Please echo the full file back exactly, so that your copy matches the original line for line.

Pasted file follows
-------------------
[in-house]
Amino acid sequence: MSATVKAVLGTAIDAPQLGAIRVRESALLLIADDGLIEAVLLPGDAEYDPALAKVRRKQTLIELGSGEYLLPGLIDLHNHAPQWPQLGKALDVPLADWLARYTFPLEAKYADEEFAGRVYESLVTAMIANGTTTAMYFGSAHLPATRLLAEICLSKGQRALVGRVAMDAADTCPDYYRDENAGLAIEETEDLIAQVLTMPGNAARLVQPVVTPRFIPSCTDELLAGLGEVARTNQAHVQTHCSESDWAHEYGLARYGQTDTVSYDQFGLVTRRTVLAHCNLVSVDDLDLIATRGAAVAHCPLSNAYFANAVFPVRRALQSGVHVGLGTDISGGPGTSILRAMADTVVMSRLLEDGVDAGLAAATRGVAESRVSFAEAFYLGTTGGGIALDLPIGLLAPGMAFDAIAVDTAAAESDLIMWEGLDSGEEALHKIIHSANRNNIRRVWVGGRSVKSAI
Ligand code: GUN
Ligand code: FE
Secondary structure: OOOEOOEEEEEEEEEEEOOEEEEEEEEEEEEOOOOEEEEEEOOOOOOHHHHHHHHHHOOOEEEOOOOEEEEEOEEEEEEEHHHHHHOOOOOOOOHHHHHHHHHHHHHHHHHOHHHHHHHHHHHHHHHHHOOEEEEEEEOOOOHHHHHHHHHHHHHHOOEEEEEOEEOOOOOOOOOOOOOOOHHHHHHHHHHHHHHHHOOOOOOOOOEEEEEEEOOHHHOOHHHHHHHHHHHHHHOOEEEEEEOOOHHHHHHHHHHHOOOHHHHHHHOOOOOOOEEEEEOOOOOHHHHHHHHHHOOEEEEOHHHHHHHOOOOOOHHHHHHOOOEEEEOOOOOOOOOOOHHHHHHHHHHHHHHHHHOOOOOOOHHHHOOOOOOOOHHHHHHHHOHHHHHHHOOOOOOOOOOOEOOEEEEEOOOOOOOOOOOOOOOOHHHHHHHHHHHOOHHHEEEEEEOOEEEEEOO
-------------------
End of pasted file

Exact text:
[in-house]
Amino acid sequence: MSATVKAVLGTAIDAPQLGAIRVRESALLLIADDGLIEAVLLPGDAEYDPALAKVRRKQTLIELGSGEYLLPGLIDLHNHAPQWPQLGKALDVPLADWLARYTFPLEAKYADEEFAGRVYESLVTAMIANGTTTAMYFGSAHLPATRLLAEICLSKGQRALVGRVAMDAADTCPDYYRDENAGLAIEETEDLIAQVLTMPGNAARLVQPVVTPRFIPSCTDELLAGLGEVARTNQAHVQTHCSESDWAHEYGLARYGQTDTVSYDQFGLVTRRTVLAHCNLVSVDDLDLIATRGAAVAHCPLSNAYFANAVFPVRRALQSGVHVGLGTDISGGPGTSILRAMADTVVMSRLLEDGVDAGLAAATRGVAESRVSFAEAFYLGTTGGGIALDLPIGLLAPGMAFDAIAVDTAAAESDLIMWEGLDSGEEALHKIIHSANRNNIRRVWVGGRSVKSAI
Ligand code: GUN
Ligand code: FE
Secondary structure: OOOEOOEEEEEEEEEEEOOEEEEEEEEEEEEOOOOEEEEEEOOOOOOHHHHHHHHHHOOOEEEOOOOEEEEEOEEEEEEEHHHHHHOOOOOOOOHHHHHHHHHHHHHHHHHOHHHHHHHHHHHHHHHHHOOEEEEEEEOOOOHHHHHHHHHHHHHHOOEEEEEOEEOOOOOOOOOOOOOOOHHHHHHHHHHHHHHHHOOOOOOOOOEEEEEEEOOHHHOOHHHHHHHHHHHHHHOOEEEEEEOOOHHHHHHHHHHHOOOHHHHHHHOOOOOOOEEEEEOOOOOHHHHHHHHHHOOEEEEOHHHHHHHOOOOOOHHHHHHOOOEEEEOOOOOOOOOOOHHHHHHHHHHHHHHHHHOOOOOOOHHHHOOOOOOOOHHHHHHHHOHHHHHHHOOOOOOOOOOOEOOEEEEEOOOOOOOOOOOOOOOOHHHHHHHHHHHOOHHHEEEEEEOOEEEEEOO